Tuesday, May 14, 2013

How to Upgrade your Data Center and Critical Facilities?

An aging data center may no longer be able to meet the power, cooling and structural demands of advancing technologies, but few businesses have the time or the capital to build new facilities.

Fortunately, organizations can extend the working life of their data center by renovating the facility by making changes that cost little to nothing. Data center upgrades allow a business to adopt new standards and improve existing infrastructures to introduce new technologies with better performance and more efficiency.

There are several data center design changes that can extend the life of your facilities and data center

(1) Elevate your data center temperature

The data center's working temperature has long been a subject of myth and legend, but research and initiatives from industry organizations such as  the American Society of Heating, Refrigerating and Air-Conditioning Engineers (ASHRAE) have found that data centers don't need to be cooled like meat lockers. Modern servers and other computing equipment can operate reliably at elevated temperatures.

A 2008 ASHRAE document recommended a temperature range from 65 to 80 degrees Fahrenheit for Class 1 data center equipment. Recommendations in 2011 broadened the allowable temperature range from 59 to 90 degrees Fahrenheit for enterprise-class servers and 41 to 113 degrees Fahrenheit for appropriately designed servers and other equipment.

In addition, the extended temperature range also makes it possible to adopt alternative or supplemental cooling schemes (at least during certain parts of the day), such as free air or air/water economizers -- cooling technologies that might not have even been considered when your data center was first built.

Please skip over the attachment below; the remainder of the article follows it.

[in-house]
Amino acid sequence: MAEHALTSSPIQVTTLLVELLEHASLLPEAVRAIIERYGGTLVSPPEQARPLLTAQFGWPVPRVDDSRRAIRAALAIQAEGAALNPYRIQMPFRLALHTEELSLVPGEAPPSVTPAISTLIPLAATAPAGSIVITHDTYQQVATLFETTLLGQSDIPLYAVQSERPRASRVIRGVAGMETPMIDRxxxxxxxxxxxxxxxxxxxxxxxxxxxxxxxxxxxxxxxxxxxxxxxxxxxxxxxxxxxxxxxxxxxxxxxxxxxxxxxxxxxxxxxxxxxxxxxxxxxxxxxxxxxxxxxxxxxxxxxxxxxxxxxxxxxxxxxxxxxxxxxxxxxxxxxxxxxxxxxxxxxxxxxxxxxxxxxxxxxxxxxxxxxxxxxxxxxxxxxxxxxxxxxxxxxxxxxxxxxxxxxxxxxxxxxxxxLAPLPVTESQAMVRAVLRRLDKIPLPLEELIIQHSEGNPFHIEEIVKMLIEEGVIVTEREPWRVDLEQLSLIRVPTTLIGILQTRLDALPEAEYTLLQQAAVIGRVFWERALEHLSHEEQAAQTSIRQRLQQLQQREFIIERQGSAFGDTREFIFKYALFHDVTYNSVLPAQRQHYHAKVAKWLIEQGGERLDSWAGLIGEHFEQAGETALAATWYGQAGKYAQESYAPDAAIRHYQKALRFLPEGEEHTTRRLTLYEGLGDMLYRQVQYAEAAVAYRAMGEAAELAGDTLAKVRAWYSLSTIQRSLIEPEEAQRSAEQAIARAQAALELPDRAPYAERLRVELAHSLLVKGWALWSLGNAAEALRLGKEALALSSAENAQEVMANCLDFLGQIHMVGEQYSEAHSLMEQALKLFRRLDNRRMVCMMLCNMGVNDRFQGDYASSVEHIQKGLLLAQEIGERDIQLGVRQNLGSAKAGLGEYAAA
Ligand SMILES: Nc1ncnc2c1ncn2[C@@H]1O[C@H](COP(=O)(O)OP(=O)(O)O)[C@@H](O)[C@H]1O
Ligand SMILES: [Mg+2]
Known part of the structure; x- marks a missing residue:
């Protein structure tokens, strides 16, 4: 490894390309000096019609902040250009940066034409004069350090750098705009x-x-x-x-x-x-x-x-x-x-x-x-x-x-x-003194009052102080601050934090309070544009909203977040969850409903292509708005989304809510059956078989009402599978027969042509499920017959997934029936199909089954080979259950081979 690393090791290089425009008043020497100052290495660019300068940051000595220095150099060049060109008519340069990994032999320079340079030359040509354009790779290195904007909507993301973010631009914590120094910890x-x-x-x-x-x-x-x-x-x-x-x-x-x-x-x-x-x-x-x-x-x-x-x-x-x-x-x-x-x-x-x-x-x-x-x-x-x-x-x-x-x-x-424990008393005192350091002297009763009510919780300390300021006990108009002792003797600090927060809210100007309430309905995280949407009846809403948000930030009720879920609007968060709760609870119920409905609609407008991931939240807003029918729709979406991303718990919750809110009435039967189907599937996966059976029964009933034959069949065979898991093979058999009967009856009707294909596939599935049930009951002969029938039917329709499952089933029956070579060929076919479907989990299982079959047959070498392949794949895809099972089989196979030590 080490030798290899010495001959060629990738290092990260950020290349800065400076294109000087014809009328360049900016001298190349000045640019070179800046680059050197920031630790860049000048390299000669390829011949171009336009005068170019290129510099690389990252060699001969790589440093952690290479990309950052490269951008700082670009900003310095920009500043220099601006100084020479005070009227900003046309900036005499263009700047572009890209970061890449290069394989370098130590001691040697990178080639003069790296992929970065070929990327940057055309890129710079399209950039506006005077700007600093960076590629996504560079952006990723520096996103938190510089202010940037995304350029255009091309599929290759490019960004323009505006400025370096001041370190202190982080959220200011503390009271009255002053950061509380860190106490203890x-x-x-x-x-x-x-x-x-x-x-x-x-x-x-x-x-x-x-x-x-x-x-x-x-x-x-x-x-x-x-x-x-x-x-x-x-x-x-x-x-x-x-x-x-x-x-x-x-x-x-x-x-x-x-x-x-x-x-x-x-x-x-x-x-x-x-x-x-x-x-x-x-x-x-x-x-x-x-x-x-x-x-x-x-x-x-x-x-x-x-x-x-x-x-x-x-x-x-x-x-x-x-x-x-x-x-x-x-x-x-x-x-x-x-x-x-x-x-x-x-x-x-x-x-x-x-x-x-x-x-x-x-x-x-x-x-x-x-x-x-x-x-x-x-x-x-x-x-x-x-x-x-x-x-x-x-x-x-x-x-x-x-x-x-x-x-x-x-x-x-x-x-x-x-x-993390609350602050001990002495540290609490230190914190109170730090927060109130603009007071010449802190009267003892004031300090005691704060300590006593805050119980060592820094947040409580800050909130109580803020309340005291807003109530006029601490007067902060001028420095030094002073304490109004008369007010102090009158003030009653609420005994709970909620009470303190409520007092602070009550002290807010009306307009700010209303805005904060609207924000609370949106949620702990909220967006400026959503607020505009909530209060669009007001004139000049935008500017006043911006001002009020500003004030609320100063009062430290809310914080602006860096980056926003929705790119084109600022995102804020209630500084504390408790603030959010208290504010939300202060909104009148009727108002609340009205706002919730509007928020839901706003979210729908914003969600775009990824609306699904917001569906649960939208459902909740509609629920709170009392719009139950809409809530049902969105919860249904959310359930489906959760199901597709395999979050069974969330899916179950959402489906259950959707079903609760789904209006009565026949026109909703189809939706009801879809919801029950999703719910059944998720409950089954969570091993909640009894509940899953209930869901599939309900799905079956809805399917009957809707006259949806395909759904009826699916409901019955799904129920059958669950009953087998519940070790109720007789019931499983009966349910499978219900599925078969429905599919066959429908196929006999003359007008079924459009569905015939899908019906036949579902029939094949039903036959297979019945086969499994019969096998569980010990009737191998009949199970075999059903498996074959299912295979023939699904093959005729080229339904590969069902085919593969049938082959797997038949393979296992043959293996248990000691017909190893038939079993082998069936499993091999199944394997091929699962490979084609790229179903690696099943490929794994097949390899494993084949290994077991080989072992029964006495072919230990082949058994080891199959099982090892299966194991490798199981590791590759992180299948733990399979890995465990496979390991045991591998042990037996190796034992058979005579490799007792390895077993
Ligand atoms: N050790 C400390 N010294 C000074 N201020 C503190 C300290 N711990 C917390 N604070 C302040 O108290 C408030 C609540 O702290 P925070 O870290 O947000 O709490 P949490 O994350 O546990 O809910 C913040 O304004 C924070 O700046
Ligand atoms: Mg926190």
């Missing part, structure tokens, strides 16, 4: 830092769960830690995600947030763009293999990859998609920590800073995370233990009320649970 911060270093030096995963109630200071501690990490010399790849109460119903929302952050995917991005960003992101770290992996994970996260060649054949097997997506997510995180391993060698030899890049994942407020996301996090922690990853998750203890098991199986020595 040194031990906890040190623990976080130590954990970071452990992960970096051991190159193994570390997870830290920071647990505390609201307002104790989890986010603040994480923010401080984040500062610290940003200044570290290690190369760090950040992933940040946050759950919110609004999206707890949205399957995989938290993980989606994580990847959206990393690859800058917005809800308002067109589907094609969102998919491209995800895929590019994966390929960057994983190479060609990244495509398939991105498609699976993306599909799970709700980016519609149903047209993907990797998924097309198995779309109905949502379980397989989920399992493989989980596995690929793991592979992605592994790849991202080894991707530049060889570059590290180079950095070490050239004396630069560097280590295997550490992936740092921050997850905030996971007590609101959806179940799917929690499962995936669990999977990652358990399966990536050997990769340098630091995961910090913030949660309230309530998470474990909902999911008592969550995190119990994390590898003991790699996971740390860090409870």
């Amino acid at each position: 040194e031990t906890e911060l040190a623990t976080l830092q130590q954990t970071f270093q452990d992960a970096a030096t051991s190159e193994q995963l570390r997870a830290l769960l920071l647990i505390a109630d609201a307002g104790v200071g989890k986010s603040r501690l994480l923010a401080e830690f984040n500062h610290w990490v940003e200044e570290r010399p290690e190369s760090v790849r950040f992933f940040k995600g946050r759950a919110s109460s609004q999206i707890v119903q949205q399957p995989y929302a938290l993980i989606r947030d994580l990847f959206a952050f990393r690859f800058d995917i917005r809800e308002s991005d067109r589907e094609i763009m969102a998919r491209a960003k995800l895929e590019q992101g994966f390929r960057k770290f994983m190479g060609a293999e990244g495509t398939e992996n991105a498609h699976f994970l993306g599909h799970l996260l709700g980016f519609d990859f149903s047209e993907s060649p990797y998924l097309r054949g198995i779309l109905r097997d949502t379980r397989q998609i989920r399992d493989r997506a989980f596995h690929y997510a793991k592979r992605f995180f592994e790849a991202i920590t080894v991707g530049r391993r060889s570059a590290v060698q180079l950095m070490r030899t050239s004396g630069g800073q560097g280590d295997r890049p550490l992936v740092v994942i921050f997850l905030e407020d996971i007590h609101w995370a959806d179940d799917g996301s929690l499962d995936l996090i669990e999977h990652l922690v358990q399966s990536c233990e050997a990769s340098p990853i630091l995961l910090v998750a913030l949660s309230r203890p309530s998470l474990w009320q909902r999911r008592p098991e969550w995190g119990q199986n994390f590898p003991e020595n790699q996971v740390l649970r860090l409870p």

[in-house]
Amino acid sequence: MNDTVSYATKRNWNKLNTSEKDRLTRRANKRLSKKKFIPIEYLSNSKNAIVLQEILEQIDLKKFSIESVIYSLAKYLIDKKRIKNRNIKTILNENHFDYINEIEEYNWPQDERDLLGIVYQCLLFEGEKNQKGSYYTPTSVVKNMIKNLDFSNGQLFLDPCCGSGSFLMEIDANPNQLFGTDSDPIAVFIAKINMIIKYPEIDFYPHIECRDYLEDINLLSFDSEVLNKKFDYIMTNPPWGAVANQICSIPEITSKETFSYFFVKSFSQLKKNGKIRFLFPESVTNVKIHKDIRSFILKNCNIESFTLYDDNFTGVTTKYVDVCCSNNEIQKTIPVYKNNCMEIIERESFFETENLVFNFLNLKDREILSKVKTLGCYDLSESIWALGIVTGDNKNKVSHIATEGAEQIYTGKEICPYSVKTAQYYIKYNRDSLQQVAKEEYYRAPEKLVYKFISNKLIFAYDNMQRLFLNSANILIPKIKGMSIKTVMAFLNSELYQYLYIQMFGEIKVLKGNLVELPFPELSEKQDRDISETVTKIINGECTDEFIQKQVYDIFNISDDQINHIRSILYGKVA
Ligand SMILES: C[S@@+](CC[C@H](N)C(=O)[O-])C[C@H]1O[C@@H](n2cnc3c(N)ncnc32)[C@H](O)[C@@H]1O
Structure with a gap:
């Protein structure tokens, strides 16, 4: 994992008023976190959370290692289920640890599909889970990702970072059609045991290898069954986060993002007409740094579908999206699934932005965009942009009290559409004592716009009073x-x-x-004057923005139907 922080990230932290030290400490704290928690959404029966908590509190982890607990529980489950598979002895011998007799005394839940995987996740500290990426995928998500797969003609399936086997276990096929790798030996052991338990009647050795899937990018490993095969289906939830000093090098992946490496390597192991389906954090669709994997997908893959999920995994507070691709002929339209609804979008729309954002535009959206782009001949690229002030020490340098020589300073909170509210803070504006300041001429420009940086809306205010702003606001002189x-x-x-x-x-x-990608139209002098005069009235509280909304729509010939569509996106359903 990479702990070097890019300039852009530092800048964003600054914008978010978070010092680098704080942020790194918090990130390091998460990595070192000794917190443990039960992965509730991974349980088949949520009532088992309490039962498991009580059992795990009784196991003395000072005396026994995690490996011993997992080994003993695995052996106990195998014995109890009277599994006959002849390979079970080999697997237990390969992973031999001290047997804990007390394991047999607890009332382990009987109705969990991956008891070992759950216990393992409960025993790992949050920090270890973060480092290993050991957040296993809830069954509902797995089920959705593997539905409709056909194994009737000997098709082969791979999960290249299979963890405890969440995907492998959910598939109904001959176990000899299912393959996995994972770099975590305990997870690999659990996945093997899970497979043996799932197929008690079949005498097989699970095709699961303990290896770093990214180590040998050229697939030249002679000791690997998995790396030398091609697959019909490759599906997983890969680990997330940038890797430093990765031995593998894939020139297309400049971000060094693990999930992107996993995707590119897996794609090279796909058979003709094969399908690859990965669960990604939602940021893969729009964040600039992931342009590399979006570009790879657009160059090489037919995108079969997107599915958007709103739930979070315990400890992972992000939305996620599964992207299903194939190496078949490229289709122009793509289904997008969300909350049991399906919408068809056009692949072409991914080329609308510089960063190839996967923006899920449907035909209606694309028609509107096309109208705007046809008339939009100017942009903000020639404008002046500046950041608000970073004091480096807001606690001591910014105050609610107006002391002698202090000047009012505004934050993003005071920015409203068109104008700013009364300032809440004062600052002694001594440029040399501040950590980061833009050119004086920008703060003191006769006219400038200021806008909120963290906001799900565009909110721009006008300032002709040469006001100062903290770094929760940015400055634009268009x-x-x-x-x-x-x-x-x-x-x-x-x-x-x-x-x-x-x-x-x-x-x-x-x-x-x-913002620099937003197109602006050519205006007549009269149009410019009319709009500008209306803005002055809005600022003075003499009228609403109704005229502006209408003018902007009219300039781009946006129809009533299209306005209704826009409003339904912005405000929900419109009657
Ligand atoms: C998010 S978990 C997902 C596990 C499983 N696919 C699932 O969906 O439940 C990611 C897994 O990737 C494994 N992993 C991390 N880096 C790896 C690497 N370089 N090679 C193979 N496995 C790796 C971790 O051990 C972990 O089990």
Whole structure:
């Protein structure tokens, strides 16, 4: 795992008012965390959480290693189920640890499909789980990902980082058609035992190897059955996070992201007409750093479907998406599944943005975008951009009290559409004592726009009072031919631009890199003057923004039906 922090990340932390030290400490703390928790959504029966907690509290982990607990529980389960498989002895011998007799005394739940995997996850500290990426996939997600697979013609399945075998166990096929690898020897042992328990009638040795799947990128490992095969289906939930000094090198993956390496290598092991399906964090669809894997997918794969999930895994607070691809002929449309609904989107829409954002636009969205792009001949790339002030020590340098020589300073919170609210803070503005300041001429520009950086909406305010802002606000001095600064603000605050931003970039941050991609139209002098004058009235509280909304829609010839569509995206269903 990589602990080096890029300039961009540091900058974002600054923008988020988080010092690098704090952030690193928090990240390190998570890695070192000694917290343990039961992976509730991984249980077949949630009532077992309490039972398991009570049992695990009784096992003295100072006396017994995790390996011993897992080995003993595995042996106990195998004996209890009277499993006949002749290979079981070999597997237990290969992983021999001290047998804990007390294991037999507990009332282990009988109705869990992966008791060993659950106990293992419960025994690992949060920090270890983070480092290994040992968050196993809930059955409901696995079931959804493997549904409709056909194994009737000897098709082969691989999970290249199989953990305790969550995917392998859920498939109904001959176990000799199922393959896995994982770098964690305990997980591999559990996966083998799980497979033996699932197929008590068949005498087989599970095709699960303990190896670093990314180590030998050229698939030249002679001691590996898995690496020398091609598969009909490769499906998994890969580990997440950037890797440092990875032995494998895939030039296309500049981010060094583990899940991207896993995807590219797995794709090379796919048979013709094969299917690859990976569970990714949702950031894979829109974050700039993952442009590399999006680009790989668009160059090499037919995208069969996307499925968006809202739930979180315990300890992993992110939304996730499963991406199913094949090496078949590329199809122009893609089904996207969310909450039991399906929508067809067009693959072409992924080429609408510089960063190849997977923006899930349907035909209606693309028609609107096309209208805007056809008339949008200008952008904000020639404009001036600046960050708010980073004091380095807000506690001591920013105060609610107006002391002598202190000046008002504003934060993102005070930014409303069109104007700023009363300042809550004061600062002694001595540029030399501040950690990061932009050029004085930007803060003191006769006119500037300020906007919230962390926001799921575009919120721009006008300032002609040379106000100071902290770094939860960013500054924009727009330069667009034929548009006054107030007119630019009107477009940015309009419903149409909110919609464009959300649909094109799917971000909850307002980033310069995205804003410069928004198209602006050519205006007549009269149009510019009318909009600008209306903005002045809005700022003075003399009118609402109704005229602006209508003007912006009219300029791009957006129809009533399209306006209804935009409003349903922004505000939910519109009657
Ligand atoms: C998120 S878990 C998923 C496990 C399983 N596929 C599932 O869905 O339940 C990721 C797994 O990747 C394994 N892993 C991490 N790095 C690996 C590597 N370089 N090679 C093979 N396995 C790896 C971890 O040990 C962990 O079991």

(2) Upgrade servers and systems for better consolidation and efficiency

Servers consume the majority of energy in a data center -- primarily in the processors and memory components. Organizations can gain significant energy efficiency by upgrading servers to more efficient models during normal technology refresh cycles where capital is already budgeted. The newer server may also provide greater amounts of memory, allowing a virtualized server to provide much higher levels of consolidation than earlier servers.

This means the same amount of computing work can be done with far fewer servers, saving equipment capital and generating only a fraction of the heat for a data center's cooling system to contend with.

(3) Change the system layout and rack layout for power and cooling efficiency

It is a matter of Hot Aisle & Cold Aisle.

Suppose you had a traditional data center where a large computer room air-conditioning unit (CRAC) cooled the room. Now imagine that a server refresh and consolidation project slashed the number of servers by 75%. With just a quarter of the original server count in this example, it may be possible to rearrange the remaining servers in far fewer racks and use containment to enclose the remaining servers. This limits the air volume that must be cooled, significantly reducing the amount of mechanical cooling needed and allowing for alternative cooling technologies.

In other cases, under-floor cooling may be more effective by reworking the electrical cabling, network cabling and water lines that cross below the floor.

A poorly designed and haphazard layout can obstruct cooling air distribution, making more work for the mechanical cooling unit. In addition, any water distribution increases the potential for damage to electrical and network wiring, so many organizations opt to route electrical and network wiring overhead -- leaving water lines under-floor -- and may even upgrade network cabling to allow for future bandwidth improvements.

Don't overlook the rack space itself. For example, fully populating racks can concentrate more equipment in less space, making any containment -- and associated cooling -- more effective. And some racks may not be deep enough to accommodate new generations of computing equipment. This can lead to wiring congestion and airflow problems.